2/23/2013 5:00 AM ET|
5 things to know about the sequester
While the sequester may use a 'meat cleaver' approach, the spending cuts are not enough to put the whole economy through the grinder.
With the automatic spending cuts kicking in next week, it's tough to separate fact from bluster. Both the Obama administration and congressional Republicans chose this week to go with finger-pointing, a subtle acknowledgement that their differences on taxing and spending won't be bridged by more negotiating.
President BarackObama and his team warn of government services getting even worse if the $85 billion of across the board cuts in fiscal 2013 are allowed to kick in next Friday -- cars stuck idling at understaffed border posts, furloughed bureaucrats, fewer police and firefighters, thousands of hungry children kicked off government nutrition programs.
Meanwhile, House Speaker John Boehner, R-Ohio, labors to remind the country that these reductions -- or sequestration -- were initially a White House-proposed fix in order to raise the debt ceiling back in 2011.
"Right up until the last minute, both the president and the Republicans are going to try to make the most hay out of the issue and make the other guy look bad," said Steve Ellis, vice president of Taxpayers for Common Sense. "It's almost like they would rather have the issue than the solution. And I think it's unfortunate for taxpayers, I think it's unfortunate for the government, but this is the reality of politics today."
A few key facts have emerged over the past several days amid the blame game. First, there is a growing consensus that sequestered cuts totaling as much as $1.2 trillion over the next decade won't lower the national debt. The main drivers of the deficit -- Medicare, Medicaid and other entitlement programs -- have been exempted from cuts. The second is that while the sequester may use a feckless "meat cleaver" approach to trim spending on defense and many domestic programs it's not enough to put the whole economy through a meat grinder.
"Is it a calamity? No," said Douglas Holtz-Eakin, an economist who has advised Republican presidential campaigns and now serves as president of the American Action Forum. "It's going to look more like the rounding error in GDP. I think there is a lot more noise than light being shed on the sequester."
Here are the five things you need to know:
No recession is coming
For all the fear-mongering about hundreds of thousands of furloughs and reduced services, government officials aren't hyping the possibility of a recession. In a $16.4 trillion economy, the sequester just isn't big enough.
Macroeconomic Advisers garnered attention this week for predicting that the measure would block the creation of 700,000 jobs by the end of 2014. The sequester lops half a percentage point off from growth, but the gross domestic product would still chug along at a 2% pace -- not too far off the mark in this tepid recovery. "Not catastrophic," the firm concluded.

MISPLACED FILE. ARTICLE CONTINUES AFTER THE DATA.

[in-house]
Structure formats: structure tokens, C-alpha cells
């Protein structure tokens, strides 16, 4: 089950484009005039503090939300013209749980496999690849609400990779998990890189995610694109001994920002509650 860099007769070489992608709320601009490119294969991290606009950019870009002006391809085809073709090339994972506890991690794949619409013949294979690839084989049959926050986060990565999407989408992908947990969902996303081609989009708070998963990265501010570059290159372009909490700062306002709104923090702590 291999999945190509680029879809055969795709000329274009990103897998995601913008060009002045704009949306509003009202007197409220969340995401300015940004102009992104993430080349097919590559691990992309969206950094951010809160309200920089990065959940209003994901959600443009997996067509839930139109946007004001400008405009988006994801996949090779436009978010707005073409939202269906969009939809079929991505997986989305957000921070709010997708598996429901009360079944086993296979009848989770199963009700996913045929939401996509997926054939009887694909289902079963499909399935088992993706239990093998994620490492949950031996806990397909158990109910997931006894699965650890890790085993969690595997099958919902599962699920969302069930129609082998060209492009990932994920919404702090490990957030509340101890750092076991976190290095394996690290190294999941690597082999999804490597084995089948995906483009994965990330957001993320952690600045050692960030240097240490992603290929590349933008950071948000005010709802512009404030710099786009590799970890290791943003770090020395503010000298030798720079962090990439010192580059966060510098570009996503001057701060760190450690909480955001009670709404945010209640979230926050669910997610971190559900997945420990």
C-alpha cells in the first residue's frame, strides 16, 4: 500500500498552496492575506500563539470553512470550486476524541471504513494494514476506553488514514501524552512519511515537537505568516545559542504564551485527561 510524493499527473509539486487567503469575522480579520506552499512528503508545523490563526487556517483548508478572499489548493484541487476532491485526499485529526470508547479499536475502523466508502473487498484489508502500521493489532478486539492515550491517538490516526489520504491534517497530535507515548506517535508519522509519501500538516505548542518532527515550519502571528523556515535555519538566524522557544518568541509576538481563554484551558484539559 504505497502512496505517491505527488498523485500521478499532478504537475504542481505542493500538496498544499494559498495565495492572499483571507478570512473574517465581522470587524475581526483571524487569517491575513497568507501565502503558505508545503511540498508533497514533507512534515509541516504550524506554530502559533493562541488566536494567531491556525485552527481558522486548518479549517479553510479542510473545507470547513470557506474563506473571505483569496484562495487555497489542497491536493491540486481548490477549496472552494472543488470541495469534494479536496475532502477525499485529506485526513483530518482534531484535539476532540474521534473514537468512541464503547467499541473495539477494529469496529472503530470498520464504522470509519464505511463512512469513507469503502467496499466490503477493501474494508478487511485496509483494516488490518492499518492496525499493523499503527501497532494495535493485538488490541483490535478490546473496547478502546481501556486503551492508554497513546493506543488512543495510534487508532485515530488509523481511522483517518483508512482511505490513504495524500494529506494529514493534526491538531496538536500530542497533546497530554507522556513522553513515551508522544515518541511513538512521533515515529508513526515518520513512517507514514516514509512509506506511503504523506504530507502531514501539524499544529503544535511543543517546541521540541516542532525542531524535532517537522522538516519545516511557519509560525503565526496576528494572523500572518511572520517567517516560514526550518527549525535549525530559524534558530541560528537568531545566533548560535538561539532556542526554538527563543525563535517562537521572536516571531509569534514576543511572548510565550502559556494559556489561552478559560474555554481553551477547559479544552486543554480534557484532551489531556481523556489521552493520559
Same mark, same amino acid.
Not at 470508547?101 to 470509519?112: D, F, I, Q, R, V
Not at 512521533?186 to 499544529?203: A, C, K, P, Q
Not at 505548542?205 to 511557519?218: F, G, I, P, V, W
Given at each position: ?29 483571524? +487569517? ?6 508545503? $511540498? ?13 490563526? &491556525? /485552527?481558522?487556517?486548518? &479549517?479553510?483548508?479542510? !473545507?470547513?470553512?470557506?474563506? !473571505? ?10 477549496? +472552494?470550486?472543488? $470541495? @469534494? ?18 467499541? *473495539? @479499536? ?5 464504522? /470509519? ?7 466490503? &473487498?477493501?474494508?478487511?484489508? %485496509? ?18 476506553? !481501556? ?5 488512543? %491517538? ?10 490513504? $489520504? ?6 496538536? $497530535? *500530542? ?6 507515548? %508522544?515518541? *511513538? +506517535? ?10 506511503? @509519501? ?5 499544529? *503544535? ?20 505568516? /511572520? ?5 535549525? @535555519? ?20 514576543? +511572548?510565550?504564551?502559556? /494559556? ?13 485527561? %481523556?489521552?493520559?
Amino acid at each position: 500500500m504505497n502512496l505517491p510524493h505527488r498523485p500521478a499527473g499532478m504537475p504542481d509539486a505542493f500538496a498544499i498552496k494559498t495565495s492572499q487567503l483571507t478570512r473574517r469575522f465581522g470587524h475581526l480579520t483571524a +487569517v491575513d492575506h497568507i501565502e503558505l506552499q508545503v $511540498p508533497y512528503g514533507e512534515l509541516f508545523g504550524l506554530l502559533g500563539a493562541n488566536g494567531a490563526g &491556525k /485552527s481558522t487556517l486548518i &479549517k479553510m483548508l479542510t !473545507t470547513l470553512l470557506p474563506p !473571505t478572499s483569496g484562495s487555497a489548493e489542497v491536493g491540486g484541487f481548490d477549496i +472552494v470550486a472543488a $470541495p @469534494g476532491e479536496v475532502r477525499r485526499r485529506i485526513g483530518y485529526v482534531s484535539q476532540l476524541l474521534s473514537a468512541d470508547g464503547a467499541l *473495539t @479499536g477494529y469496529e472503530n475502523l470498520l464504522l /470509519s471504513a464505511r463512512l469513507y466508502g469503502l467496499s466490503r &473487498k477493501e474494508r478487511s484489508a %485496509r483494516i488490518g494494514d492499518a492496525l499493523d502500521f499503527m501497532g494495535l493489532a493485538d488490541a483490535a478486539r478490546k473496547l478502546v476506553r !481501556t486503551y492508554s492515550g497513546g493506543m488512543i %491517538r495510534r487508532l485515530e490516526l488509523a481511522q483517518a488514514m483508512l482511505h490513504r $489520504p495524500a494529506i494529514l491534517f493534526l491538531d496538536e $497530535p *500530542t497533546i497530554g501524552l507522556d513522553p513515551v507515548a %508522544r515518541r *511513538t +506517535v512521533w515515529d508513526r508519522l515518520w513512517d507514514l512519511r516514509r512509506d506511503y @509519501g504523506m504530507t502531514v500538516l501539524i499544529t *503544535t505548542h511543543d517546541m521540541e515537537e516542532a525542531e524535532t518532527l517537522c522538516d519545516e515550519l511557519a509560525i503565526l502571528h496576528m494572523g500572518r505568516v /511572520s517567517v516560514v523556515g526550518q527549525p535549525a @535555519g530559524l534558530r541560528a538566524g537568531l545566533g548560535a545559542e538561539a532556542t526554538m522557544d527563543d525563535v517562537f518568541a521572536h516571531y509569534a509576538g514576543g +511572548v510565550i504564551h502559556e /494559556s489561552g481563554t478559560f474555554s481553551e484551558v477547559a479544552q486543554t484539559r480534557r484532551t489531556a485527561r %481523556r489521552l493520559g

What really matters, economists note, is the issue Obama and Republicans have largely stayed quiet about -- $200 billion in tax increases slated for this year as part of the fiscal cliff deal approved on New Year's Day. Rates ticked up on household incomes above $450,000 and the two-year payroll tax holiday ended, which would likely cause many consumers to open their wallets less often.
Failure to extend the current budget resolution or defaulting on our debt -- both possibilities in the months ahead -- would be cause for panic.
The cuts are really less than $85 billion
Politicians keep talking about $85 billion in spending cuts. Technically, you should halve that figure because agencies can draw from stockpiles of unused funds from past years. The sequester applies to how much money is authorized, not how much federal agencies actually spend.
"This excess budget authority rolls over from year to year," wrote Bank of America economists Ethan Harris and Joshua Dennerlein in a client note. "These programs can use this excess budget authority to count towards their sequester requirements."
Actual spending cuts would be about $42 billion for the seven months left in this fiscal. Or on an annualized basis, $72 billion for 12 months, according to Bank of America.
More from The Fiscal Times:
VIDEO ON MSN MONEY
This sequester showdown is like grabbing a seat at a busy intersection with a traffic light, and waiting for the wrecks to happen. This sequester also should NOT be a surprise either. Both Noblaba, his dems AND rep's are just as guilty in this whole clusterf**k. And nothing for nothing, what about "kicking the can" down the road? Since the 1st line in the sand didn't work, why dosen't the gov't (seeing they are too chickens**t to face the public about their wasteful spending) just draw another one, and kick the can down the road again?